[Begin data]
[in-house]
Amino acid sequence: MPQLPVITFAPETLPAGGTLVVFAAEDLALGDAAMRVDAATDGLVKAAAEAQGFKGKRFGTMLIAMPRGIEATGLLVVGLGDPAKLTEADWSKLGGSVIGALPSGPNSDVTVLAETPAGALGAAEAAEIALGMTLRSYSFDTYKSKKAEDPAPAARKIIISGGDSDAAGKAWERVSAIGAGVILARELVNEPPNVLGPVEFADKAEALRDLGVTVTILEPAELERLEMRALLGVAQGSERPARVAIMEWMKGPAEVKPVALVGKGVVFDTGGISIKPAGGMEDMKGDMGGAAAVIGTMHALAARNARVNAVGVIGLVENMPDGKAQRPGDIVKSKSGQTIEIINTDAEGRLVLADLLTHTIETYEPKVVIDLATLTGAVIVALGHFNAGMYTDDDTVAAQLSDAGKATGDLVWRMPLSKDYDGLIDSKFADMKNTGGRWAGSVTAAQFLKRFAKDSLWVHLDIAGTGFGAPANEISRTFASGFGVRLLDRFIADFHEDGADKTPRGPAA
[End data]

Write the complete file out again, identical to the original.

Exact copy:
[in-house]
Amino acid sequence: MPQLPVITFAPETLPAGGTLVVFAAEDLALGDAAMRVDAATDGLVKAAAEAQGFKGKRFGTMLIAMPRGIEATGLLVVGLGDPAKLTEADWSKLGGSVIGALPSGPNSDVTVLAETPAGALGAAEAAEIALGMTLRSYSFDTYKSKKAEDPAPAARKIIISGGDSDAAGKAWERVSAIGAGVILARELVNEPPNVLGPVEFADKAEALRDLGVTVTILEPAELERLEMRALLGVAQGSERPARVAIMEWMKGPAEVKPVALVGKGVVFDTGGISIKPAGGMEDMKGDMGGAAAVIGTMHALAARNARVNAVGVIGLVENMPDGKAQRPGDIVKSKSGQTIEIINTDAEGRLVLADLLTHTIETYEPKVVIDLATLTGAVIVALGHFNAGMYTDDDTVAAQLSDAGKATGDLVWRMPLSKDYDGLIDSKFADMKNTGGRWAGSVTAAQFLKRFAKDSLWVHLDIAGTGFGAPANEISRTFASGFGVRLLDRFIADFHEDGADKTPRGPAA